SS increases is tied to inflation - so not really fixed
My monthly benefit rose $36 for 2007.
My medical coverage rose $10.50/mo, netting me $26.
I have had a small "survivors benefit" from my husband which began in 1998, but it is fixed, with no cost of living increase.
Still, I'm luckier than a lot of people.
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Tie to this perceived increased buying power....
The actual loss in buying power as costs and prices of [everything] increases. Following increases in the utilities, groceries, fuel, tires, insurance, computers and related items, appliances, stationery's, meals when you're not at home, and on, and on, and on.......
I doubt it will have much ...
of an effect on me.
I have only myself (and my dog ) to support. Being out of the work place, I don't have clothing, transportation, etc. costs that go with working. I haven't bought any fast food in years. My children thankfully are self-supporting. I have the "depression era" mentality.
I've learned that when there is a big sale on some food items, the price will be going up, so I stock up on what I use. Food-wise, my hardest lesson to learn was that I was no longer cooking for a family of four, so I have learned not to waste.
I don't go to the movie theaters, take vacations (I did go to a big family event last year, my first "trip" in 3 years).
My shopping is limited to selcted internet sites, which have great sales. Over the past year I spent $40 on clothing.
I have everything I need in the way of furniture and accessrories for my home. My car is a 1988 model that only recently hit 40,000 miles.
My health insurance cost has again raised, but, like i said, I do have health insurance.
I reckon that is an advantage of being old. So barring any catostrophic events, I will be OK.
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In reading the links above
It says that more people are able to move off welfare when the minimum wage goes up so they are paying taxes and not using them.
Not necessarily, as it also raises the poverty income level.
Economic studies have shown that the minimum wage is
ineffective. It simply increases the level of unemployment among those who need jobs the most.
with the infrormation that you provided I can not agree
An example I can personally vouch for.
I had seven employees. Minimum wage was increased from $4.25 p/h to $4.75, then soon to 5.15 p/h. The employees were earning from 6.50 to to 7.20. It wasn't long before
we all began realizing less buying power, everywhere. The 6.90 p/h had to leave for greener pastures.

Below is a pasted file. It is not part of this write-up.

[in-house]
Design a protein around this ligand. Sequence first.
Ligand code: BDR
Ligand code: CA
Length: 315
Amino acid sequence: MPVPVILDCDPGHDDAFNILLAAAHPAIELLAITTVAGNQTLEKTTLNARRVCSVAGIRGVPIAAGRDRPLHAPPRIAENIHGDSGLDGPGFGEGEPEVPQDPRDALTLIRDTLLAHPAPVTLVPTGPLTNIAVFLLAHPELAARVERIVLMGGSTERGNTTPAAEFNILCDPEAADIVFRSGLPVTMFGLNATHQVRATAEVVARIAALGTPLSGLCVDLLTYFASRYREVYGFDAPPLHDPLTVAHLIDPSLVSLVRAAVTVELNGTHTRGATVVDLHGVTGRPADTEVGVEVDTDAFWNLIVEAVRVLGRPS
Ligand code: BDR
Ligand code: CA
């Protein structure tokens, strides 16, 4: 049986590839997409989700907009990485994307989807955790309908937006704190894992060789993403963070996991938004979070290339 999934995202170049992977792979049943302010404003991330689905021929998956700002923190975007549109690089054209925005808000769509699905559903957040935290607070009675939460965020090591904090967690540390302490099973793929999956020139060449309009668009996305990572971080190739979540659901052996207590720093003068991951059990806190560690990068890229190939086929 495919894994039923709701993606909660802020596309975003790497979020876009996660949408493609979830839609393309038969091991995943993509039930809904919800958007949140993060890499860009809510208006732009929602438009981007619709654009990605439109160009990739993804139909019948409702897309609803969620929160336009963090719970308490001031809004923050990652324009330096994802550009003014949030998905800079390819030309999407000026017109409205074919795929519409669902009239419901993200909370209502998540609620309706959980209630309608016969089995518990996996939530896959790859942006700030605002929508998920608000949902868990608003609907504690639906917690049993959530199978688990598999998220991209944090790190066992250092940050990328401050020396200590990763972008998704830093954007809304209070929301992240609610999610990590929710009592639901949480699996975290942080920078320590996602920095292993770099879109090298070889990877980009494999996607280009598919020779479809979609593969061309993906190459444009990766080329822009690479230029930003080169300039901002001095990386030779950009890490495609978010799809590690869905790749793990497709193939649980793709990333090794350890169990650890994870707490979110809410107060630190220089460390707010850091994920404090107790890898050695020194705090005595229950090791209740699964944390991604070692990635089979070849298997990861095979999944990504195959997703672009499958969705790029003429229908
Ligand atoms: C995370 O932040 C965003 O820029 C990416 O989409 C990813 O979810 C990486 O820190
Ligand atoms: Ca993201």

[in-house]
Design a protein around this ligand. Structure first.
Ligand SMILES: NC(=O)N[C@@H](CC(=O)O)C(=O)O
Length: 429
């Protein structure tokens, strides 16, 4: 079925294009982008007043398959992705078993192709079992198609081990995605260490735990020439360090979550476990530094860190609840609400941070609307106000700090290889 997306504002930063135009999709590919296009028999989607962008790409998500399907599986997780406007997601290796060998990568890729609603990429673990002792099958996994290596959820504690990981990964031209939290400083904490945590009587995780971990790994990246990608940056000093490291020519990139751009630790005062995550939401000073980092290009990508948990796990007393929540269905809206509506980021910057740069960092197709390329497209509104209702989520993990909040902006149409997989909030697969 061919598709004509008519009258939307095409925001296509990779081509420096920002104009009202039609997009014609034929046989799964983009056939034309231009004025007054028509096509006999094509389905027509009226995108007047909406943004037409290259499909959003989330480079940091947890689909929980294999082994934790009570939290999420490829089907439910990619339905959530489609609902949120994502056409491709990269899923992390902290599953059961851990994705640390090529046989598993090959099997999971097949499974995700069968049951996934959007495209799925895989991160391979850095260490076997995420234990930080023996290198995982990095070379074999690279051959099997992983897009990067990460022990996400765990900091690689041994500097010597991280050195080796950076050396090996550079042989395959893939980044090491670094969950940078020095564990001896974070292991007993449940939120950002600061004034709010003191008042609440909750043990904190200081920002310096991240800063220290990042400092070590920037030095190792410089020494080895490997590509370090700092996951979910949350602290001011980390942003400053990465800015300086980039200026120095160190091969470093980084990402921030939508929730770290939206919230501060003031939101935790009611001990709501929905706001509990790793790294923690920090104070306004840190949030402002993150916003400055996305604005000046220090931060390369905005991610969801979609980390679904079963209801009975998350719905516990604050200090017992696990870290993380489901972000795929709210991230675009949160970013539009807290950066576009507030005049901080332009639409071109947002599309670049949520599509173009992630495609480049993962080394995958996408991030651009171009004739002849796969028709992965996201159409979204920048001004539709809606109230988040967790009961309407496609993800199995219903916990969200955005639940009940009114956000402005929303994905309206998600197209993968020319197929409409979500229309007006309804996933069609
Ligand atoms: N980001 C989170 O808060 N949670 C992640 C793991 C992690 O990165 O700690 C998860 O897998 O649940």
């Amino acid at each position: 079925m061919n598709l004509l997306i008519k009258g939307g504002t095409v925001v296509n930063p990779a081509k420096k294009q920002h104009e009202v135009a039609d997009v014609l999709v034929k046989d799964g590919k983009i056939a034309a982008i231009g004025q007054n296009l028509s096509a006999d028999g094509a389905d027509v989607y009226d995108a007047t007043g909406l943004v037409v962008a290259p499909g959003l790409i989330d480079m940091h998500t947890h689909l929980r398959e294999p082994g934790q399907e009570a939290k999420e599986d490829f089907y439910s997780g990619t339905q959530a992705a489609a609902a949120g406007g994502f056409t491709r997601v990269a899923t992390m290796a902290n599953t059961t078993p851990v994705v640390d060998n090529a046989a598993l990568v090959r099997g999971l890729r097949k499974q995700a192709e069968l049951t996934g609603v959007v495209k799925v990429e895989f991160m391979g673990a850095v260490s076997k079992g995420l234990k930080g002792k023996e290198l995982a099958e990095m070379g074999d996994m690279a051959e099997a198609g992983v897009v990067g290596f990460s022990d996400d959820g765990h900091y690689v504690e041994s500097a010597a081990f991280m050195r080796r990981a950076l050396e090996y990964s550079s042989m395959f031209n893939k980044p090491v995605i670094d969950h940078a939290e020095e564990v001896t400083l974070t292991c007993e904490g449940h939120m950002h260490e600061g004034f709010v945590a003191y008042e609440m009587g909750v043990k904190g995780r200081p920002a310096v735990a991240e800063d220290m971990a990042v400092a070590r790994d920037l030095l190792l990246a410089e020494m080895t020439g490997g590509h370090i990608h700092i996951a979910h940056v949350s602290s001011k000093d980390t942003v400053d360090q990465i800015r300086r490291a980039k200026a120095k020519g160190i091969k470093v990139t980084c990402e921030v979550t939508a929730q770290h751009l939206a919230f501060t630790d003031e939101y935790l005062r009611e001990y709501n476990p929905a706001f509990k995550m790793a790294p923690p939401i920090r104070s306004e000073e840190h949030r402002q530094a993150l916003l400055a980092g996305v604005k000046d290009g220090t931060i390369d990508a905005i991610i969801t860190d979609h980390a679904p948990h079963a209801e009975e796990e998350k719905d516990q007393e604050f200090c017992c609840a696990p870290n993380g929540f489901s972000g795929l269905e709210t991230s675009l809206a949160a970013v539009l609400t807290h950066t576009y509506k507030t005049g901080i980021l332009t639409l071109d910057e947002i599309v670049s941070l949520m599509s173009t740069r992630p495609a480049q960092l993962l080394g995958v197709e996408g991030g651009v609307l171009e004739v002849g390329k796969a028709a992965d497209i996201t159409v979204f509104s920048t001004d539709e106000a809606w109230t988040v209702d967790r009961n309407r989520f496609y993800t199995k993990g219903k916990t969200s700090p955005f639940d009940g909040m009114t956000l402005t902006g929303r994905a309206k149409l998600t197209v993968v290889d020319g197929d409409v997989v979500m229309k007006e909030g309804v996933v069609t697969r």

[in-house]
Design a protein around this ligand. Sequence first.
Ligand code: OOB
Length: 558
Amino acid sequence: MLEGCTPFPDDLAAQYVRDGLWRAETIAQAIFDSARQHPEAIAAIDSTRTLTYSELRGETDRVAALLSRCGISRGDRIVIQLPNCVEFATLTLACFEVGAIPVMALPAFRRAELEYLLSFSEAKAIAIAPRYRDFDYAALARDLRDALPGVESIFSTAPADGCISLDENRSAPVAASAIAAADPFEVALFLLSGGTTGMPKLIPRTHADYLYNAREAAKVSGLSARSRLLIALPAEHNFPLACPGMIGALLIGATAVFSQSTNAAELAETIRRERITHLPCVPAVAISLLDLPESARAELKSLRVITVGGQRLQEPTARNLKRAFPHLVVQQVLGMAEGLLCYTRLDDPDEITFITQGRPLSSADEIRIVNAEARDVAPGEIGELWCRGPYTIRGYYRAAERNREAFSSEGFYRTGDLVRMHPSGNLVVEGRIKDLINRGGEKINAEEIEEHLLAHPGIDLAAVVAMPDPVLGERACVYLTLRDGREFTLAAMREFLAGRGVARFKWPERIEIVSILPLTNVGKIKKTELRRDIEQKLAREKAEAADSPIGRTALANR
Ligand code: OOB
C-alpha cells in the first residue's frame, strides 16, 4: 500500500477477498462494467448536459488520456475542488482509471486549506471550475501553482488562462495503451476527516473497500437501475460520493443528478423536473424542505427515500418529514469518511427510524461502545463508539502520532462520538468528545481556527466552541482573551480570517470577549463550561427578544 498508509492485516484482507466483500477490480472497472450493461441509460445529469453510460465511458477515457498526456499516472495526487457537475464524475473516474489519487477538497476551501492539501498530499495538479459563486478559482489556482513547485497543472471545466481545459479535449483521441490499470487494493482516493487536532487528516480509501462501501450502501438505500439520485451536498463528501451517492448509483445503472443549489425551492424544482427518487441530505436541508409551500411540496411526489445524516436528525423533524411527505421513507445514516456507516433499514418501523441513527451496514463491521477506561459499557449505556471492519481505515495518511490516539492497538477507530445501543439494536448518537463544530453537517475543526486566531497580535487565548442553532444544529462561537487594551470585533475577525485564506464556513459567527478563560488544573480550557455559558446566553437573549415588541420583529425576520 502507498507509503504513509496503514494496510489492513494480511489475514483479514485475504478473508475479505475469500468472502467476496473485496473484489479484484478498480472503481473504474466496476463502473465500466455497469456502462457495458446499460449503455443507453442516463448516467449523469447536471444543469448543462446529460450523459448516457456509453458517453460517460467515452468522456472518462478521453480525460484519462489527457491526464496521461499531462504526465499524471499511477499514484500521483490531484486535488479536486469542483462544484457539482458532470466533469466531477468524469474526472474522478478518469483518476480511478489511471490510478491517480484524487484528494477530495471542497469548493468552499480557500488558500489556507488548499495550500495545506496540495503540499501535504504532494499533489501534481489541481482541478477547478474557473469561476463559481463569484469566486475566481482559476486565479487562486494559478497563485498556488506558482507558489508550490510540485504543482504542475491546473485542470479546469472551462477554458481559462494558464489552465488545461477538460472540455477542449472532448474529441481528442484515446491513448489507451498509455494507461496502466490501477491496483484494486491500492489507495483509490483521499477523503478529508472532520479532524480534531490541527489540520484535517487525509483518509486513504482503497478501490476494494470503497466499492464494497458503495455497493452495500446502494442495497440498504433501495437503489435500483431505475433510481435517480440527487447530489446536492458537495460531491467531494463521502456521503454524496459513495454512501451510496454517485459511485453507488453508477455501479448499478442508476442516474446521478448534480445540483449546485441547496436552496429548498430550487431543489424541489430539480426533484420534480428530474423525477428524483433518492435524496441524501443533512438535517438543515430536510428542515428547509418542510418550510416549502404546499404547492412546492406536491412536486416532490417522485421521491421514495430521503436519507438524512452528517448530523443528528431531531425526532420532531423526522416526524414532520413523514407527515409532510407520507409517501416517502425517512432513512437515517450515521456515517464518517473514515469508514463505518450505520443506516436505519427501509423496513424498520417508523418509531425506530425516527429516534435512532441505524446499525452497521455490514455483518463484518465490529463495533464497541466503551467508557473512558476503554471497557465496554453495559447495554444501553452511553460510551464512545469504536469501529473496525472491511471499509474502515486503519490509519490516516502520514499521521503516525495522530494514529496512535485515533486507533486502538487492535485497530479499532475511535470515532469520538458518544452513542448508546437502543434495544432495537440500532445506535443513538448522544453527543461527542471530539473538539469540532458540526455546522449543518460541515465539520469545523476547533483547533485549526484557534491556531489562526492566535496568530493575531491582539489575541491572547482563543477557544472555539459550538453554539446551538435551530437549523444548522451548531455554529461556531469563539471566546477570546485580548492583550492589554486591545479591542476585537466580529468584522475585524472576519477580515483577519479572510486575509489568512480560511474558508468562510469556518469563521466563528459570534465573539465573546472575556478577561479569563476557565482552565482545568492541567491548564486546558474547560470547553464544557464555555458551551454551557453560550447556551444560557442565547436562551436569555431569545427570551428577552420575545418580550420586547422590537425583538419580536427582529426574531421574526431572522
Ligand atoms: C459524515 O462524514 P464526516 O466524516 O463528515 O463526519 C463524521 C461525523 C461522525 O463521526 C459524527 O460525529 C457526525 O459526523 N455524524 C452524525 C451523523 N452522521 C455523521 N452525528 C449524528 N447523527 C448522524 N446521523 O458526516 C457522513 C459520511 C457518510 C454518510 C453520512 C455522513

Not only because it was reasonably necessary to increase total labor costs, including employment taxes on top of the fact that my other operating expenses (all of them) had increased, I could not replace the lost employee and remain competitive in the area. In fact, the local competition became stiffer even though the cities population, and not my industry was rapidly growing. Probably because every one was loosing some of their buying power. And we had to work harder and some times longer to keep ahead of this loss of buying power.
This loss of buying power is borne by every one including all levels of government and recipients of entitlement programs. And over all the government coffers remain very much the same. Then, [guess what]?
I'm not suggesting that we will not recover. Of course well, in time. But why put the economy through this for basically very little of no return. Government should stay out of dictating price structure in the private economy and leave it to private competition which is the structure behind a private economy.
fedmin wage has been in effect for almost 70yrs
that is after the depression years. that is part of usa economic history.
if there has been no increase in 10yrs why has my and your buying power decreased.
if one business is subject to fedmin all other business has the same baseline. an equal start point regarding wages.
what would prevent a business to set up in a state where there are no minimum wage rules. they could find workers to work for $4 an hour. remember factory towns, places like pullman village and others. where the saying: "I owe my soul to the company store" came from. that business could beat your costs, have lower prices and have a higher profit margin.
remember this country was built for very little money. laborers from all nations worked for a pittance, they lived in tent cities, extended families would pool their low earnings, children worked and a 40hr work week was about 3.5 days.
the only ones I can think of that did not benefit from the fedmin were the landed gentry, trust fund sippers, and the industrial aristocracy.
we all have personal histories, mine was helped by the fedmin, directly and indirectly through friends and relatives. my grandfather was a skilled carpenter and when he was young he helped rebuild earthquake ruined san francisco. he was young and he and his pals lived in shacks they built by the railroad. he said he worked for beer and bread. later he hired journeymen and paid the prevailing wage. he knew what it was like to work for the equivalent of a box of nails. his home building business was lost during the depression. another feature of usa economic history. it had nothing to do with fedmin wage.
have you or anyone you know benefited from the fedmin?
reply to: fedmin
Not all industries are regulated by federal minimum wage standards. Many tipped employees here for example earn as little as about $4.00 per hour. Even though tips are intended for the employee [not the employer] to take home. Minors, some student worker, and training programs are not required to pay federal minimum wage. In the early thirties it was rare to hear of union coalitions, OSHA, Workers comp, job protection, or child labor laws.
For "landed gentry, trust fund sippers, and the industrial aristocracy" I believe you would have to go to Old England, Ireland, or in the case of the US about pre 1850. Peoples and places change. And even if not, forcing an increase wages across the board would still make as much economic sense, none.
We all have some crosses to bare, so to speak. But when we no longer have to bare them their sometmies best left behind as we work toward the future.
"have you or anyone you know benefited from the fedmin?"
The end result is the same. Some economic chaos for a spell, then all is back to the way it was.